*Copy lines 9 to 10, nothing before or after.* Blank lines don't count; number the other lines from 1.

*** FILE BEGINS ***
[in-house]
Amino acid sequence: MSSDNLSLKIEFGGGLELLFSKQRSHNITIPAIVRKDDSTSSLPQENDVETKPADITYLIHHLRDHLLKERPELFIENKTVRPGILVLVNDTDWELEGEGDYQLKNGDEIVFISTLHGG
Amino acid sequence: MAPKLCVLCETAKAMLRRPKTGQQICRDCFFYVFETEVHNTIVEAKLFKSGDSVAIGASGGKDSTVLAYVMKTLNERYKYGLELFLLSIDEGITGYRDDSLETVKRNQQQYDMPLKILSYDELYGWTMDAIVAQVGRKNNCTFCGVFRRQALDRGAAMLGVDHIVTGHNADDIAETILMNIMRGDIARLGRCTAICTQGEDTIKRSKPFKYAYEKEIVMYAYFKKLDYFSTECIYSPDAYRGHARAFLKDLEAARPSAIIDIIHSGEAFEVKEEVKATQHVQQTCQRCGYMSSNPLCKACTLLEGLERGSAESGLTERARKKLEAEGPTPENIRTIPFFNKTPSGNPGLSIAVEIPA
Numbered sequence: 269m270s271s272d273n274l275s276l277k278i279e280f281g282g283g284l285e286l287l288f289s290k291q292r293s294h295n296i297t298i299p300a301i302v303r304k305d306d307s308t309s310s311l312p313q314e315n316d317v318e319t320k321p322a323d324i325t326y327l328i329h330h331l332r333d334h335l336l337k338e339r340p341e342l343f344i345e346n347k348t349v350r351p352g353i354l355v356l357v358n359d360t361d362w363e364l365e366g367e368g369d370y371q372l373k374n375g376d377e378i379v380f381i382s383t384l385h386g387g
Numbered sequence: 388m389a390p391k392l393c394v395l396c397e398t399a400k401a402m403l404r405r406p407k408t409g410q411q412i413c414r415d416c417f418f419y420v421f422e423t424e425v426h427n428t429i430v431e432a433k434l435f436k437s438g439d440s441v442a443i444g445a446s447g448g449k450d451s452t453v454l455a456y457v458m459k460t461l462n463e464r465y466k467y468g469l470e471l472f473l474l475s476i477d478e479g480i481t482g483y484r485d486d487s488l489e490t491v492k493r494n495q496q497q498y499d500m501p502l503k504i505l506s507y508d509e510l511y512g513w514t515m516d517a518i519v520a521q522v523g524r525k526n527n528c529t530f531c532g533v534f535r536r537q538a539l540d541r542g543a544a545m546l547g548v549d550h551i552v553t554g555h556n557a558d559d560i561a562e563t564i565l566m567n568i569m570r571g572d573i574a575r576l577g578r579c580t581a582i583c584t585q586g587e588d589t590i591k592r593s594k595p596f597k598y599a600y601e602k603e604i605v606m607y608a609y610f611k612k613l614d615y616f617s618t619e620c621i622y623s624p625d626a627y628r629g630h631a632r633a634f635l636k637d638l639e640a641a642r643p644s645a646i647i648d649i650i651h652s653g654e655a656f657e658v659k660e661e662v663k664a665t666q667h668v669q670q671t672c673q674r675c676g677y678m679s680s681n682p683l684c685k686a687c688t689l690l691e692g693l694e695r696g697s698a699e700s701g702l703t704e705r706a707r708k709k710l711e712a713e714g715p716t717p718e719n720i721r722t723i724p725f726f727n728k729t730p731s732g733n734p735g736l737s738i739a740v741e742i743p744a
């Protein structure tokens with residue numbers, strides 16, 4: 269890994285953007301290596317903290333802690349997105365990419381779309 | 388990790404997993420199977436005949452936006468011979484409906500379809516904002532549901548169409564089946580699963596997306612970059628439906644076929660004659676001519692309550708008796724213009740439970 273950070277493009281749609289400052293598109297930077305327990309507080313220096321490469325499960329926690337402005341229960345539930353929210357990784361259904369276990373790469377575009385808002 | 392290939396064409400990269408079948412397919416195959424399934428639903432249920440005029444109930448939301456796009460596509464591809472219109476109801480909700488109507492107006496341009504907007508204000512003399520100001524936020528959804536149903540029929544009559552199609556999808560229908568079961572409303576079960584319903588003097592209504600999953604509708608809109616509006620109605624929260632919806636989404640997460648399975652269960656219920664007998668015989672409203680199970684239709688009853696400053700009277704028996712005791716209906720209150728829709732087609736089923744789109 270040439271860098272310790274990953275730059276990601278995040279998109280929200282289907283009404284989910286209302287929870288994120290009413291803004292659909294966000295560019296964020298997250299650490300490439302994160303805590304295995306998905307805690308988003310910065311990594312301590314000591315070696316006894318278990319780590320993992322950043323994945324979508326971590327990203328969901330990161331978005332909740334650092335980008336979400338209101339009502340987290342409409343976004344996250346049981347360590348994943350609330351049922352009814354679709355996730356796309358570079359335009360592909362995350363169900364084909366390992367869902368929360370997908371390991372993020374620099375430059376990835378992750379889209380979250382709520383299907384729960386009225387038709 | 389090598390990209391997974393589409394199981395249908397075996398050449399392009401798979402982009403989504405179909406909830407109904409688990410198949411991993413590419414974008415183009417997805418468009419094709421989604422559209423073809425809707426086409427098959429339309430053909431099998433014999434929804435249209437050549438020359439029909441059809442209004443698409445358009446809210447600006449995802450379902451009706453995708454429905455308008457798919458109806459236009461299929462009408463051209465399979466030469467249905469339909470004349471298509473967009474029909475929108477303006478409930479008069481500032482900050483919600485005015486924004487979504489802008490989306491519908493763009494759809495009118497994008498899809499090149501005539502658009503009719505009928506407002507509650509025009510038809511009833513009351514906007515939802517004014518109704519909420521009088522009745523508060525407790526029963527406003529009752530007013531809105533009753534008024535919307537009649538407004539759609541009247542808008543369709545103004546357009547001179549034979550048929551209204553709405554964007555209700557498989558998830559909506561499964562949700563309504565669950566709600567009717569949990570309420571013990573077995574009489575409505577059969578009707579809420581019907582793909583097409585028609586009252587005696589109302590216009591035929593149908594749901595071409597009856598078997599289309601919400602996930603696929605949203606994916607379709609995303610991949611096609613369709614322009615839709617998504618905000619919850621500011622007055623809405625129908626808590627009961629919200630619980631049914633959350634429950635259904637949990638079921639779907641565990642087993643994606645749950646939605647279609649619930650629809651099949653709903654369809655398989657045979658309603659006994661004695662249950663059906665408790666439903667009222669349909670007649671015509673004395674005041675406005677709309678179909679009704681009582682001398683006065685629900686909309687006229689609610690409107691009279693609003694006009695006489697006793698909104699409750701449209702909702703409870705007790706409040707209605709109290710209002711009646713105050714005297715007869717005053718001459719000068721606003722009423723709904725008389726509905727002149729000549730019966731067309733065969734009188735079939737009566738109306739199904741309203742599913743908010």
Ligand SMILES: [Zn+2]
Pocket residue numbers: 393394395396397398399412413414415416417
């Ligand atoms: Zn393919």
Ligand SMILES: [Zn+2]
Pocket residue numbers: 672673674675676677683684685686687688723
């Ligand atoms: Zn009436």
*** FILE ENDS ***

């Ligand atoms: Zn393919």
Ligand SMILES: [Zn+2]